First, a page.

But Nepal could not handle the pressure, and South Africa spinner Tabraiz Shamsi (4-19) turned the match upside down by picking two wickets in the 18th over. Fast bowlers Anrich Nortje and Ottneil Baartman then did the rest of the job, avoiding the biggest upset at the World Cup. 
After losing the closely contested match, Nepal’s World Cup challenge came to an end, with their last match against Bangladesh being merely academic. 
Looking to avenge the loss inflicted by Bangladesh ten years ago in the 2014 T20 World Cup, Nepal put their opposition on the rope with a brilliant bowling display. 

With two wickets apiece, Sompal Kami, Dipendra Singh Airee, Rohit Paudel, and Sandeep Lamichhane restricted Bangladesh to just 106 runs. 
A decent opening partnership and disciplined batting were what were required from the top order for Nepal in the run chase. Nepal, however, succumbed to a masterclass of medium pacers  Tanzim Hasan Sakib and Mustafizur Rahaman and were eventually all out for 85 runs against Bangladesh. 

Dipendra Sing Airee and Kushal Malla tried to steady Nepal’s innings with a 52-run partnership after going down to 26/5. It was not enough for Nepal to cross the line, however. Bowlers, especially spinners, did a phenomenal job by constraining the opponents to a paltry score. It was the job of batters to capitalise on the bowling effort and turn matches in their favour. 

Fighting spirit

The gritty batting show that pushed South Africa to the last ball raised some hopes for Nepali batters. But the collapse against Bangladesh tells a different story. They seemed to have not learned from their past mistakes. 
Poor shot selections, poor strike rotations, and a lack of consistency highlights the batting weaknesses of Nepal. Top-order failing to make maximum use of powerplay is one of the characters Nepal should look to correct.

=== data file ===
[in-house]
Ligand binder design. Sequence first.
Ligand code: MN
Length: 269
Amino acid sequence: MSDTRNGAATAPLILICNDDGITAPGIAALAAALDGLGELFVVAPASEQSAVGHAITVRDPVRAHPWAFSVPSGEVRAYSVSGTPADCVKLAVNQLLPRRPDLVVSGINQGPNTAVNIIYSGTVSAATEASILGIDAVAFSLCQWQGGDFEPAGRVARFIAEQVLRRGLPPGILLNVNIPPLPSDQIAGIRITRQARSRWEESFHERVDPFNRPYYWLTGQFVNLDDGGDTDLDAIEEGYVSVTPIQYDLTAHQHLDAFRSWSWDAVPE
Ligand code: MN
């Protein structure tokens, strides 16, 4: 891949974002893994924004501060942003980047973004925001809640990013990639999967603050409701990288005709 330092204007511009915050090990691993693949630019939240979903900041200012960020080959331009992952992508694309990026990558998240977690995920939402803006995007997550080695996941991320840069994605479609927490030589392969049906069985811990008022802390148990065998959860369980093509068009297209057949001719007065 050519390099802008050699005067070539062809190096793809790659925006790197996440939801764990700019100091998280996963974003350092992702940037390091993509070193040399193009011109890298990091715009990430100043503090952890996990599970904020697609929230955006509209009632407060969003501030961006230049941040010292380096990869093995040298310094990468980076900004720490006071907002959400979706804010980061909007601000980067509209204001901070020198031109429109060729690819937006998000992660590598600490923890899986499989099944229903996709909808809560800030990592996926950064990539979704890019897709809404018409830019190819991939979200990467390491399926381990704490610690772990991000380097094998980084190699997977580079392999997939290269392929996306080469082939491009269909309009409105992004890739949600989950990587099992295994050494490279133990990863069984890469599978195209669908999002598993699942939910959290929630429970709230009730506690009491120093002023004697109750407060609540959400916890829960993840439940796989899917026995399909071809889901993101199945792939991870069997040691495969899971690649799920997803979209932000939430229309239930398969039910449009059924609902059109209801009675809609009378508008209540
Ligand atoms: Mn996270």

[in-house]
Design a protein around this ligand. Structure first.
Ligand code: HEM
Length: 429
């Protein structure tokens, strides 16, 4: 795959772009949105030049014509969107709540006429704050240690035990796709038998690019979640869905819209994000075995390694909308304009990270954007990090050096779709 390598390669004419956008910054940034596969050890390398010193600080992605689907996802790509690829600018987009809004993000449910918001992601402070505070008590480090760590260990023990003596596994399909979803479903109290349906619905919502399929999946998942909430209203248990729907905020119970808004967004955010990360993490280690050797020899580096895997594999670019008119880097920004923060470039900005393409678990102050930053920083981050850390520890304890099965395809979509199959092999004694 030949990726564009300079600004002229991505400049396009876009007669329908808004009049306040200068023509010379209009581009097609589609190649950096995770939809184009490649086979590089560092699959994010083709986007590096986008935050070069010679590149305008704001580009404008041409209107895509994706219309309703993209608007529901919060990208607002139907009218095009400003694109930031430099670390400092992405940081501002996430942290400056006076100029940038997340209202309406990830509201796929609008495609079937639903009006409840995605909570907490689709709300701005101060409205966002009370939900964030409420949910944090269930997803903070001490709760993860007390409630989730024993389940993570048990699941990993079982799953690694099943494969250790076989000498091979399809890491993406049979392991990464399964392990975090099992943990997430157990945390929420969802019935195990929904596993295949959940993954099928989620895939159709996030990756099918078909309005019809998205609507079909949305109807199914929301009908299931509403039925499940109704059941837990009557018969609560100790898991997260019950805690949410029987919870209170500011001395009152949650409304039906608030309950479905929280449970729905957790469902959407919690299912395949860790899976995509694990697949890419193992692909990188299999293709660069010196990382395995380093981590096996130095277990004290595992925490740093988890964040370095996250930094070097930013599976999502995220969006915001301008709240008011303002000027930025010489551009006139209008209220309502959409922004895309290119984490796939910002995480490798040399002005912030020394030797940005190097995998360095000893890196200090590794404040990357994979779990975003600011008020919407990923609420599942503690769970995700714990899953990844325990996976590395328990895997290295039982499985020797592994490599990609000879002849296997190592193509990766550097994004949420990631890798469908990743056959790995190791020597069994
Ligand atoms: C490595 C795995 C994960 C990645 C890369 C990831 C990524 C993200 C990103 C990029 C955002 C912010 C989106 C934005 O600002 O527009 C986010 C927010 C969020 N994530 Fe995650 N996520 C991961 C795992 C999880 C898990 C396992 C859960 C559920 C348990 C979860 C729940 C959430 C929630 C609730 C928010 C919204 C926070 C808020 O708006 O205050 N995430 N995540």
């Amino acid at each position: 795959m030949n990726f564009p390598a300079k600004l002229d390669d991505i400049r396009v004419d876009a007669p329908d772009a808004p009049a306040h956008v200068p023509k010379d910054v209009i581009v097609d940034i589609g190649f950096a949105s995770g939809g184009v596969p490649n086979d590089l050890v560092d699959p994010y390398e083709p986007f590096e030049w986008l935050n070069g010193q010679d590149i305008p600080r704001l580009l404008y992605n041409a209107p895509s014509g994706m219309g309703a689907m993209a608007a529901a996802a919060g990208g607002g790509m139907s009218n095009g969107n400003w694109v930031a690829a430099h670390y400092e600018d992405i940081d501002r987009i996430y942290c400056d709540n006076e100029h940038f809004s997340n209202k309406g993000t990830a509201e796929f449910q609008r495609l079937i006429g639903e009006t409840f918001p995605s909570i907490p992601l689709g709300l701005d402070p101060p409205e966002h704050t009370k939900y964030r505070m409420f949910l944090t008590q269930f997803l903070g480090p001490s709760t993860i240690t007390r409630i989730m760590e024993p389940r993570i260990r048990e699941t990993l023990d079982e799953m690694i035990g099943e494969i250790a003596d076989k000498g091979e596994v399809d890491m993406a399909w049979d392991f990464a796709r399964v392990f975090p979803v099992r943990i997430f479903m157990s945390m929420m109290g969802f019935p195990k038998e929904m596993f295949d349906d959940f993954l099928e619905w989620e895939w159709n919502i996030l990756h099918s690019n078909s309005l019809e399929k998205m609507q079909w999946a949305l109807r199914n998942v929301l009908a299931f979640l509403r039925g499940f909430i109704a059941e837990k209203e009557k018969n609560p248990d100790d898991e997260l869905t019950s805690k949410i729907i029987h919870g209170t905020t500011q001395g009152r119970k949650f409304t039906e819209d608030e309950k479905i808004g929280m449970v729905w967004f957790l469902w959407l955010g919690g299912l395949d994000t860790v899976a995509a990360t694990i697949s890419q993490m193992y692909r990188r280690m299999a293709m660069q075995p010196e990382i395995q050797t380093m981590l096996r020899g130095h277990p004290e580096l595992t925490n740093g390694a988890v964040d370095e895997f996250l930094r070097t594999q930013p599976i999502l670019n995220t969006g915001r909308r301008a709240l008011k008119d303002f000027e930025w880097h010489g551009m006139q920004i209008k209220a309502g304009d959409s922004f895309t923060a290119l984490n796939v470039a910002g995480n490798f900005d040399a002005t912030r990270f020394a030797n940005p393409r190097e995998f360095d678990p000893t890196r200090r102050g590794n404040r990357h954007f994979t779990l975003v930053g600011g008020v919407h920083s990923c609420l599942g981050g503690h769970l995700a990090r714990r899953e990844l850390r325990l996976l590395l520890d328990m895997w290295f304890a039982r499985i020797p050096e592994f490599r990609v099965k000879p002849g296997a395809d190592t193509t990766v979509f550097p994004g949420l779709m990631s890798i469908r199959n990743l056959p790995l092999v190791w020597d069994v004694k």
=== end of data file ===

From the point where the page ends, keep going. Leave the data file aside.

Despite setbacks, the fighting spirit of the Nepali team against the better-ranked sides and the unwavering support of Nepali cricket fans drew the eyeballs of the cricketing world.
As the youngest team at the T20 World Cup 2024, there is plenty to look forward to from the Nepali team. 

Most of the players of the Nepali team, including Captain Rohit Paudel, took to cricket to watch Nepal play in the 2014 World Cup. 21-year-old Paudel is the youngest captain among the 20 teams participating in the World Cup. Sompal Kami is the only player from the current squad who was also part of the historic 2014 team.
Being a young team, experience is what is lacking in the Nepali team. 

The inexperience caught up with Nepali batters, as they failed to cope with the pressure when they needed to hold their nerves most. They were so close to the biggest upset and historic win against the Test sides but slipped the match away from their hands. 

It was, however, a testament to Nepal’s growing competitiveness and its ability to challenge the strongest team. Their competitiveness against South Africa and Bangladesh has proved Nepal belongs to the global stage along with the best sides in the world, as put up by Skipper Paudel. 

But Nepal has to work on their batting skills and learn to handle pressure situations if they have to play regularly on the global stage. More match exposures against the test sides are needed to overcome all the shortcomings. Let’s hope the cricket administration body works on managing more matches against full-member nations so that the Nepali team sees growth and improvement in the future.

(Joshi is Associate Editor at TRN.) 


Pramod Joshi